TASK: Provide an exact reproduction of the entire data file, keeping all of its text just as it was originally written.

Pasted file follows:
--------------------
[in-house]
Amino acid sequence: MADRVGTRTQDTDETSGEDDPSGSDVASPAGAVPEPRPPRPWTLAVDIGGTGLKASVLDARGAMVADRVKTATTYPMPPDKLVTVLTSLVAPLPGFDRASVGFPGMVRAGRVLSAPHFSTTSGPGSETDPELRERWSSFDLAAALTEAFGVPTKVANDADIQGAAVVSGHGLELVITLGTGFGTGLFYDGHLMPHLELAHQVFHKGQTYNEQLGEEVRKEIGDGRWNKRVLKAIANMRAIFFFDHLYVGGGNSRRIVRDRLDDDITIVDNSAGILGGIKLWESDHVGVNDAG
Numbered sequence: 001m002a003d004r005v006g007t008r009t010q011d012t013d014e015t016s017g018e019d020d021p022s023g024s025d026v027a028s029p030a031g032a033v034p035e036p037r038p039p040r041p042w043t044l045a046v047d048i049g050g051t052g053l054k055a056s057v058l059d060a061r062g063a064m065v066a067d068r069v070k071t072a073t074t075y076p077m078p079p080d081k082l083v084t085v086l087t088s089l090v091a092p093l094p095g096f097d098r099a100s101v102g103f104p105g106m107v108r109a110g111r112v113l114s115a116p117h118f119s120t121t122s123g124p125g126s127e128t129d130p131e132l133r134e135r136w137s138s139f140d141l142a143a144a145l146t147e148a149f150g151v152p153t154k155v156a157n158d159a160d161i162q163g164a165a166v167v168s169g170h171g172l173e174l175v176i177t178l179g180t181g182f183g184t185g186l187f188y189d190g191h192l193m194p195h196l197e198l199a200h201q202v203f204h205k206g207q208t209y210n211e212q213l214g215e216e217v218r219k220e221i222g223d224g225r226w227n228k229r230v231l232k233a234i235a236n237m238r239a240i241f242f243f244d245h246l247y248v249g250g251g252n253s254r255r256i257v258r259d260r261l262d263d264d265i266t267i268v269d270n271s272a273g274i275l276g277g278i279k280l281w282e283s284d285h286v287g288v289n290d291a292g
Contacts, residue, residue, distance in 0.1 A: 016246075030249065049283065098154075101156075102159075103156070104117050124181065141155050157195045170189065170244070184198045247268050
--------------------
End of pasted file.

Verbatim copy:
[in-house]
Amino acid sequence: MADRVGTRTQDTDETSGEDDPSGSDVASPAGAVPEPRPPRPWTLAVDIGGTGLKASVLDARGAMVADRVKTATTYPMPPDKLVTVLTSLVAPLPGFDRASVGFPGMVRAGRVLSAPHFSTTSGPGSETDPELRERWSSFDLAAALTEAFGVPTKVANDADIQGAAVVSGHGLELVITLGTGFGTGLFYDGHLMPHLELAHQVFHKGQTYNEQLGEEVRKEIGDGRWNKRVLKAIANMRAIFFFDHLYVGGGNSRRIVRDRLDDDITIVDNSAGILGGIKLWESDHVGVNDAG
Numbered sequence: 001m002a003d004r005v006g007t008r009t010q011d012t013d014e015t016s017g018e019d020d021p022s023g024s025d026v027a028s029p030a031g032a033v034p035e036p037r038p039p040r041p042w043t044l045a046v047d048i049g050g051t052g053l054k055a056s057v058l059d060a061r062g063a064m065v066a067d068r069v070k071t072a073t074t075y076p077m078p079p080d081k082l083v084t085v086l087t088s089l090v091a092p093l094p095g096f097d098r099a100s101v102g103f104p105g106m107v108r109a110g111r112v113l114s115a116p117h118f119s120t121t122s123g124p125g126s127e128t129d130p131e132l133r134e135r136w137s138s139f140d141l142a143a144a145l146t147e148a149f150g151v152p153t154k155v156a157n158d159a160d161i162q163g164a165a166v167v168s169g170h171g172l173e174l175v176i177t178l179g180t181g182f183g184t185g186l187f188y189d190g191h192l193m194p195h196l197e198l199a200h201q202v203f204h205k206g207q208t209y210n211e212q213l214g215e216e217v218r219k220e221i222g223d224g225r226w227n228k229r230v231l232k233a234i235a236n237m238r239a240i241f242f243f244d245h246l247y248v249g250g251g252n253s254r255r256i257v258r259d260r261l262d263d264d265i266t267i268v269d270n271s272a273g274i275l276g277g278i279k280l281w282e283s284d285h286v287g288v289n290d291a292g
Contacts, residue, residue, distance in 0.1 A: 016246075030249065049283065098154075101156075102159075103156070104117050124181065141155050157195045170189065170244070184198045247268050